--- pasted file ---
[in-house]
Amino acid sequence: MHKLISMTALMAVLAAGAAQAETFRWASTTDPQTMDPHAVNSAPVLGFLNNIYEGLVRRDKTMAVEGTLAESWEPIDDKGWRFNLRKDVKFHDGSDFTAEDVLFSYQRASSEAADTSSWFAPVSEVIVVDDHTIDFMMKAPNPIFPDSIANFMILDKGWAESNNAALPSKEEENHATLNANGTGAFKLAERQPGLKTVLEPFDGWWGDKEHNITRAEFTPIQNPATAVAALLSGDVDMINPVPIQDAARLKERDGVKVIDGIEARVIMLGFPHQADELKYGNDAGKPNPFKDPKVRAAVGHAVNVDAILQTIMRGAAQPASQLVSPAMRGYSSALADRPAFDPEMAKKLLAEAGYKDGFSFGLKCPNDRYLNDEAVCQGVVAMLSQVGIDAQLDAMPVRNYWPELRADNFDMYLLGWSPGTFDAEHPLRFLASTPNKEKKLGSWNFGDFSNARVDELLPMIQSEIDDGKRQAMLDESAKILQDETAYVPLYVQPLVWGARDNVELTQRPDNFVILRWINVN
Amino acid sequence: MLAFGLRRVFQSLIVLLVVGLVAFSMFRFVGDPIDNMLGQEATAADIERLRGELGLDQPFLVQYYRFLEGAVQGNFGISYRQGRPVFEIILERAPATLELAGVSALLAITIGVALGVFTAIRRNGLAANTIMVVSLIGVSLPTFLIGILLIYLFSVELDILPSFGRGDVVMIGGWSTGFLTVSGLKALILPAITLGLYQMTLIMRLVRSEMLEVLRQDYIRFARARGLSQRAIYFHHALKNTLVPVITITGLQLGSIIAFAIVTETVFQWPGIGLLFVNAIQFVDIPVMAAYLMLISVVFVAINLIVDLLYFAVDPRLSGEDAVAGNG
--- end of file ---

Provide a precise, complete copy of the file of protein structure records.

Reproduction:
[in-house]
Amino acid sequence: MHKLISMTALMAVLAAGAAQAETFRWASTTDPQTMDPHAVNSAPVLGFLNNIYEGLVRRDKTMAVEGTLAESWEPIDDKGWRFNLRKDVKFHDGSDFTAEDVLFSYQRASSEAADTSSWFAPVSEVIVVDDHTIDFMMKAPNPIFPDSIANFMILDKGWAESNNAALPSKEEENHATLNANGTGAFKLAERQPGLKTVLEPFDGWWGDKEHNITRAEFTPIQNPATAVAALLSGDVDMINPVPIQDAARLKERDGVKVIDGIEARVIMLGFPHQADELKYGNDAGKPNPFKDPKVRAAVGHAVNVDAILQTIMRGAAQPASQLVSPAMRGYSSALADRPAFDPEMAKKLLAEAGYKDGFSFGLKCPNDRYLNDEAVCQGVVAMLSQVGIDAQLDAMPVRNYWPELRADNFDMYLLGWSPGTFDAEHPLRFLASTPNKEKKLGSWNFGDFSNARVDELLPMIQSEIDDGKRQAMLDESAKILQDETAYVPLYVQPLVWGARDNVELTQRPDNFVILRWINVN
Amino acid sequence: MLAFGLRRVFQSLIVLLVVGLVAFSMFRFVGDPIDNMLGQEATAADIERLRGELGLDQPFLVQYYRFLEGAVQGNFGISYRQGRPVFEIILERAPATLELAGVSALLAITIGVALGVFTAIRRNGLAANTIMVVSLIGVSLPTFLIGILLIYLFSVELDILPSFGRGDVVMIGGWSTGFLTVSGLKALILPAITLGLYQMTLIMRLVRSEMLEVLRQDYIRFARARGLSQRAIYFHHALKNTLVPVITITGLQLGSIIAFAIVTETVFQWPGIGLLFVNAIQFVDIPVMAAYLMLISVVFVAINLIVDLLYFAVDPRLSGEDAVAGNG